Meera Syal’s Anita and Me continues to be vividly relevant to politics today. When she first published the novel in 1996, Syal was reflecting on the experience of growing up in the 1970s as a second-generation immigrant in an isolated Midlands village. The book was then adapted for film in 2002, the same year that the British National Party won three council seats. It seems only fitting that the stage adaptation now comes to King’s Theatre amidst a climate of uncertainty about migrant rights and national identity.

The writer Tanika Gupta pointedly teases out the parallels between the time that Syal and Anita grew up and modern society. The micro-aggressions are the same – of a nice day, Anita’s father is told that it will finally be “sunny enough” for him. Anita is told that she is “not like the others”. We hear the familiar war cry of the far-right, that immigrants are “coming here and taking our jobs”. Gupta keeps the play entirely relatable by parroting what we read in the papers every day.

Yet Gupta is quick to stress that Anita and Me is first and foremost a coming-of-age story, which the actors assert with stellar performances. Aasiya Shah makes a wonderful Meena, embodying the youthful but kooky jaunt of a young girl not comfortable in her own skin, but still eager to “be cool”. Rina Fatania too is endlessly entertaining as Nanima. She is loud, colourful, and inappropriate, but also comforting with sage advice for her granddaughter. Her speech before her departure makes for a sobering break in the action, giving important context about colonial India to the fun onstage.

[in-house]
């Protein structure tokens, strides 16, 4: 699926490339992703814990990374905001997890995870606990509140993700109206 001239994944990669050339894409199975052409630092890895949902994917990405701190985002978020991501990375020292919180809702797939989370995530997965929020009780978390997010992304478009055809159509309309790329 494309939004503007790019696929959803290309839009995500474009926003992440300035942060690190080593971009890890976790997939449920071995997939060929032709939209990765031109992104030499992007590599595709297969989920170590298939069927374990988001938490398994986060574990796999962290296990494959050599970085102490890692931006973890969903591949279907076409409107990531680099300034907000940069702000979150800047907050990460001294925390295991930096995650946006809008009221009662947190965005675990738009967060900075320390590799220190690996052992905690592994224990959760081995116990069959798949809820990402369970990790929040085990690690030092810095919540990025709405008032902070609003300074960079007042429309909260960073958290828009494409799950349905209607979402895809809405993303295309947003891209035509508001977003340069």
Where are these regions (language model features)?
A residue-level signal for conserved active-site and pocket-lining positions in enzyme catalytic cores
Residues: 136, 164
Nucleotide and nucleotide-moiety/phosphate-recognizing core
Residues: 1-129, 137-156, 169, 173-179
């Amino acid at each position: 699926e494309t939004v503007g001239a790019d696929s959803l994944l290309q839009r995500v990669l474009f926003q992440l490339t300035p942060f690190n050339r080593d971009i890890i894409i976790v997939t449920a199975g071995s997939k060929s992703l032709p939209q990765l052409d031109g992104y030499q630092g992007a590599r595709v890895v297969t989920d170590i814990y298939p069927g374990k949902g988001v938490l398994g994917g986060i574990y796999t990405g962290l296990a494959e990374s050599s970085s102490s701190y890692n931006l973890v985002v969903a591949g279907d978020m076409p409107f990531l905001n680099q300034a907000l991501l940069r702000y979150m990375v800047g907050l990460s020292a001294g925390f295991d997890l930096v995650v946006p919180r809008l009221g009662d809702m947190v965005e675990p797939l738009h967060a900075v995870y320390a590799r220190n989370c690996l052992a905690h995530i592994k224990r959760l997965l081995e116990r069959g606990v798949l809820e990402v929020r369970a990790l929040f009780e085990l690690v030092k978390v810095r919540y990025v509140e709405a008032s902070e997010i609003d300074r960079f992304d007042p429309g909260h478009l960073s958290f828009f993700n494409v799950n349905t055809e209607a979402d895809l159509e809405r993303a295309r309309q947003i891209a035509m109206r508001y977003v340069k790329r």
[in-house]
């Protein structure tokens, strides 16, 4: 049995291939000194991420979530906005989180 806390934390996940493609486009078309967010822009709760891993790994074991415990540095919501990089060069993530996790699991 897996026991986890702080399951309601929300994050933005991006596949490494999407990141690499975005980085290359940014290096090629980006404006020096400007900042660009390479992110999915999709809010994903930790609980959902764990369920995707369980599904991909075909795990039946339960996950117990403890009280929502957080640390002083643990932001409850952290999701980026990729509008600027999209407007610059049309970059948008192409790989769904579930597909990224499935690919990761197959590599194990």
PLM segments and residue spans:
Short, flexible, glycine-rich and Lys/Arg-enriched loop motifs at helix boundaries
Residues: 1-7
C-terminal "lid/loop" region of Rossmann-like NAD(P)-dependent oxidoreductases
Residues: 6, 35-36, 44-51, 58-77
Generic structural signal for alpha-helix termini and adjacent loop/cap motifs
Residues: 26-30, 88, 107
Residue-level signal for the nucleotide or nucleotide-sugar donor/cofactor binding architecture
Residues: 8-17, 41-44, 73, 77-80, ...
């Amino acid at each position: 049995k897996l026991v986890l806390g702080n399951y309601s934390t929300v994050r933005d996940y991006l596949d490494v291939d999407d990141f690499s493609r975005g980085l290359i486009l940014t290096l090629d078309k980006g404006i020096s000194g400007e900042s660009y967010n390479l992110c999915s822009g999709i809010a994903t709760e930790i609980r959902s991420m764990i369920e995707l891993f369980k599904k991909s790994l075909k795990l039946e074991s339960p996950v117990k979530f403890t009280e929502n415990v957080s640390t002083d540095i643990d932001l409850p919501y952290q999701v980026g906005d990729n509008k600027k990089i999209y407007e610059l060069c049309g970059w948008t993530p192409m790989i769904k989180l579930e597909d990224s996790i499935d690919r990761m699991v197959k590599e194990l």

Music is central to telling the story, as is only right for a plot set in the seventies. Gupta and the director Roxana Silbert have called Anita and Me a “play with music” rather than a musical, and the soundtrack to the performance does feel as natural as switching on the radio. The choice of music, a mixture of traditional Indian songs and seventies classics like ‘Young, Gifted, and Black’, give an insight into the conflicting identities that Anita tries to manage. They also show things that we all share – a communal appreciation for music through family, friendship, dance, and celebration. The final song shows multiculturalism at its best. We are treated to a combination of Bollywood music, morris dancer handkerchiefs, and pop dance moves. It is a joyful tribute to the heart of Syal’s novel, a celebration of people coming together and enjoying their differences.